The labor force participation rate in Rishon Lezion and in Tel Aviv is almost 50% percent higher than the rate in haredi city of Bnei Brak, a Central Bureau of Statistics report revealed late Thursday.
The report, which took statistics from the fourth quarter of 2013, also showed that more than half of Israelis
work in a city different from where they live.
A reduced-price store in Bnei Brak (Photo: Ido Erez)
In Rishon Lezion, 73.4% of residents who are ages 15 and up have jobs, and in Tel Aviv, the percentage also hovered above 70%. In cities where there is a strong haredi population,
such as Jerusalem and Bnei Brak, the labor rates are at the bottom, standing at 47.7% and 51.3% respectively. In those two major cities in the last quarter of 2013, however, there was a small rise in the average.
Cities in the center,
the report illustrated, have had the highest labor participation rate in the country in recent years. In the entire Jerusalem area there was a slight rise from 2012, while in the north there was a slight drop.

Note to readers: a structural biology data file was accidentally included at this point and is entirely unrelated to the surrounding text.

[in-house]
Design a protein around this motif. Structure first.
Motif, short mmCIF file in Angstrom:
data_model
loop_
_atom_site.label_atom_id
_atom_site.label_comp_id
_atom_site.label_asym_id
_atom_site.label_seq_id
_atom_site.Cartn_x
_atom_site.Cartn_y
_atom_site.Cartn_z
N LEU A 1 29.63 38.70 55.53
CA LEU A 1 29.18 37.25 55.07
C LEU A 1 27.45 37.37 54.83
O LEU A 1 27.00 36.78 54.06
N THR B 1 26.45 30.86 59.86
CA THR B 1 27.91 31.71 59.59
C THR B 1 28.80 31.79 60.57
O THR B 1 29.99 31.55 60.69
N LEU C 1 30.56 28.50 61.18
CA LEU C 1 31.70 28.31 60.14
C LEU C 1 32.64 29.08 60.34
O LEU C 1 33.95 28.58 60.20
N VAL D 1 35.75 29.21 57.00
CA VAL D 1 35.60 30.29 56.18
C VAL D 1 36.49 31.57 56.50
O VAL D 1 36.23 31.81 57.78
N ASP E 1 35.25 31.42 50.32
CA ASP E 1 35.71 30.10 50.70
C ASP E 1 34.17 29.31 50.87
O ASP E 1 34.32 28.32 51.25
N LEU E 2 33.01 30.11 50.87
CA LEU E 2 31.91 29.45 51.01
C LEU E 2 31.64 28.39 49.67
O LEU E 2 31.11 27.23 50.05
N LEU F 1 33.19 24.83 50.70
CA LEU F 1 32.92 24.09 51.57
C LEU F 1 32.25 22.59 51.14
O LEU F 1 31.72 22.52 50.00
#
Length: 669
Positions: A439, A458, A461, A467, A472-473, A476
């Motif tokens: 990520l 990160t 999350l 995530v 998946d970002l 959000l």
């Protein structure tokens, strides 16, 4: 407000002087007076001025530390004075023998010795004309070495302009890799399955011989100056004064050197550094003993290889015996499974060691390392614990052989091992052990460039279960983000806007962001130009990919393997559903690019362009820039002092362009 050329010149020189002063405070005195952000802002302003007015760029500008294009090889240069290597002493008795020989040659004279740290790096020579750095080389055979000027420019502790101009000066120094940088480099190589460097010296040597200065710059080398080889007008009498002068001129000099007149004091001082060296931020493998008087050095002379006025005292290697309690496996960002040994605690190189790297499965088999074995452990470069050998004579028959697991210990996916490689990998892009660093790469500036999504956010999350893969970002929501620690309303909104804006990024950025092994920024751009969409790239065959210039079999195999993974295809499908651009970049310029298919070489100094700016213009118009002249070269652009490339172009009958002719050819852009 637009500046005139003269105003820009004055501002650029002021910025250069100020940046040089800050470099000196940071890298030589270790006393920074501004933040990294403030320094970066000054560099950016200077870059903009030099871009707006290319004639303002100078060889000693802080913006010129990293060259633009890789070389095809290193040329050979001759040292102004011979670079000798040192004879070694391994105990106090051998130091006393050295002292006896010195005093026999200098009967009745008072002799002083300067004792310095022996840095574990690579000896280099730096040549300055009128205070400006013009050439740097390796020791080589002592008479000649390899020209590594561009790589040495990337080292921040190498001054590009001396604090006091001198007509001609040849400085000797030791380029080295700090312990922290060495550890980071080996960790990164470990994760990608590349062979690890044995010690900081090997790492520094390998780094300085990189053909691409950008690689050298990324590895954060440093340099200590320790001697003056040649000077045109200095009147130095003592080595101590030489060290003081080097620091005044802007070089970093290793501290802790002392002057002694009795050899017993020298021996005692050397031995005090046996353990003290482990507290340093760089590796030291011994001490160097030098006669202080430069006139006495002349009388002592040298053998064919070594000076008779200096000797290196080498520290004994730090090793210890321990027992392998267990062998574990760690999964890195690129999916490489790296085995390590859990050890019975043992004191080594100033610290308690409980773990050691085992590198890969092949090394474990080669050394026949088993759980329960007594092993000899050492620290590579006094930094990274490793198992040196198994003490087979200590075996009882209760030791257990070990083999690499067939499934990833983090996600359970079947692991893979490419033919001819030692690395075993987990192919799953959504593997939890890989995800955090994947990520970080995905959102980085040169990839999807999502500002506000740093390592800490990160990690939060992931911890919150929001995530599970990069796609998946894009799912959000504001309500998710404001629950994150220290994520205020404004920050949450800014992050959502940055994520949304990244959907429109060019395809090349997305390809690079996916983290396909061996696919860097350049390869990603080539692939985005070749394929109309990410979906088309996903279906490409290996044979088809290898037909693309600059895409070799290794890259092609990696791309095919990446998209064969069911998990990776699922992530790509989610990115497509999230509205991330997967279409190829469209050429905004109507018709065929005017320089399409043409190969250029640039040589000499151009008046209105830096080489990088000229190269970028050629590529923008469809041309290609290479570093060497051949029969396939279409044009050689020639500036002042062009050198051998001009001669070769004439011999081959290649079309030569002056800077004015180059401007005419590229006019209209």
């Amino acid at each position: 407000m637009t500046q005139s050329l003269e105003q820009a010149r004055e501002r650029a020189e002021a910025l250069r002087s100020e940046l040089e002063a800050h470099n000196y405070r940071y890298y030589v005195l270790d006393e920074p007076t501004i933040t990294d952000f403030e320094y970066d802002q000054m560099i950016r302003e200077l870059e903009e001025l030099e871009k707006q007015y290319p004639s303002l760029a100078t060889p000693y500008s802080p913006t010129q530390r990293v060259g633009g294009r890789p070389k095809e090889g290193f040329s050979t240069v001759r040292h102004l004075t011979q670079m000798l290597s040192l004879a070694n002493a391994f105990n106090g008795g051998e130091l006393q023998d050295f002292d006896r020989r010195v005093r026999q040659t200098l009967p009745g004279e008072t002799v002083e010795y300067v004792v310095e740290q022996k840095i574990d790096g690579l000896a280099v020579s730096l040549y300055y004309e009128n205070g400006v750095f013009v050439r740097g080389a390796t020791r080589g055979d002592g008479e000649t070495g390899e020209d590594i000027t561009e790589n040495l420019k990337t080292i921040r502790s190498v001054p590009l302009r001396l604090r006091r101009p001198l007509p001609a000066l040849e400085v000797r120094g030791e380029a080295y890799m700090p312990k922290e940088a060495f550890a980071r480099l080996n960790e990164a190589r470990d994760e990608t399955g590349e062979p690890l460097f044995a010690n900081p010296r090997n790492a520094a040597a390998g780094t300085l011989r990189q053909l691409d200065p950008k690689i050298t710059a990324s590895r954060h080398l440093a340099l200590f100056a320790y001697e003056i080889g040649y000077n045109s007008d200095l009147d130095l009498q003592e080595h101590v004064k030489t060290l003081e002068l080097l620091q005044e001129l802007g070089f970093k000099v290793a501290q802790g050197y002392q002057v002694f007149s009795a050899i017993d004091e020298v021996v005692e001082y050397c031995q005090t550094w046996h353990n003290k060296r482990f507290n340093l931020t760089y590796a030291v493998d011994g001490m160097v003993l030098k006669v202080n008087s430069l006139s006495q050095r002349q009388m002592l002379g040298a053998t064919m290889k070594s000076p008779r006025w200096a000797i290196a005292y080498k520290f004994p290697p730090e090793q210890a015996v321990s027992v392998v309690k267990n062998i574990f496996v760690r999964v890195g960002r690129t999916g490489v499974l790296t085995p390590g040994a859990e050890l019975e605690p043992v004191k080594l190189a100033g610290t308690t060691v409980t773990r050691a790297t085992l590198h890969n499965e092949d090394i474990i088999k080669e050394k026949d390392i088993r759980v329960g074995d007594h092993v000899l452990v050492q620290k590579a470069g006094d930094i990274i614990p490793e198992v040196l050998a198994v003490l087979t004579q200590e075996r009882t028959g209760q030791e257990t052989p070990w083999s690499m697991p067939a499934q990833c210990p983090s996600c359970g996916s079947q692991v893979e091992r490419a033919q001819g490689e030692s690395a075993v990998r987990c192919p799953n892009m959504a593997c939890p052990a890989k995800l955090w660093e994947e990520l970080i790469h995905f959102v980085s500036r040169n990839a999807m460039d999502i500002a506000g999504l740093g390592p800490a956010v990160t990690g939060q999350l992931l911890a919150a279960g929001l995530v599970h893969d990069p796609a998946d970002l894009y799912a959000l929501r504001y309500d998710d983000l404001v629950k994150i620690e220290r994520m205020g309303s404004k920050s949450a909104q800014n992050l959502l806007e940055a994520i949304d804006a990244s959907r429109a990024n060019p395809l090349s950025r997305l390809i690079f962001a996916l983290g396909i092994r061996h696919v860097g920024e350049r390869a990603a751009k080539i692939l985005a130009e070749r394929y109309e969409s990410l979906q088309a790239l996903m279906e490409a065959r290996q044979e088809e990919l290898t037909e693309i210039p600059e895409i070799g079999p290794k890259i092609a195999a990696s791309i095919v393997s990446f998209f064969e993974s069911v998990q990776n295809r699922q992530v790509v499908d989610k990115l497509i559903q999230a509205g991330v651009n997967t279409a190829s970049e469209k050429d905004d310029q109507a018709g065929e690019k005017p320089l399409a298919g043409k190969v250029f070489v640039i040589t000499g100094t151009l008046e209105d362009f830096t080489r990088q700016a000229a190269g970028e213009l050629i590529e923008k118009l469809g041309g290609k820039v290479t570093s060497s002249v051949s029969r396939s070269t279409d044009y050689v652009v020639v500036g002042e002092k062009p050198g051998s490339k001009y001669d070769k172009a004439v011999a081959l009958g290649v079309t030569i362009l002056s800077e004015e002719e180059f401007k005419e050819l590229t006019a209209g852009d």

A charity box on a Bnei Brak street corner (Photo: Ido Erez)
The report also studied commuting in the country, a new phenomena which has only recently received a Hebrew word of its own – yomemut . In 2013, the number of workers working where they lived slightly decreased to 54.6%. As well, 15% more men work outside their city compared to women.
In the West Bank the lack of industry is felt the hardest. More than two thirds work outside of the settlement where they live, and 84.5% of them work outside the West Bank. Jerusalem had the lowest level of intercity commuting at 22.6%.
In 2013 there were 21,000 citizens who declared they had given up
looking for jobs. The amount of Jews in this position dropped from 2012 by 11% to 59.7% of the total.
A third claimed there was no suitable work for them, while a fifth said they could not find work close enough to home.
In 2013, there were 97,800 single female parents, with 77.6% of them working, which is an increase of 4% from 2012. More than half are mothers to only one child.
Two thirds are employed full time, while only 67.8% of women in general in the country are employed and 69% of Jewish mothers are employed.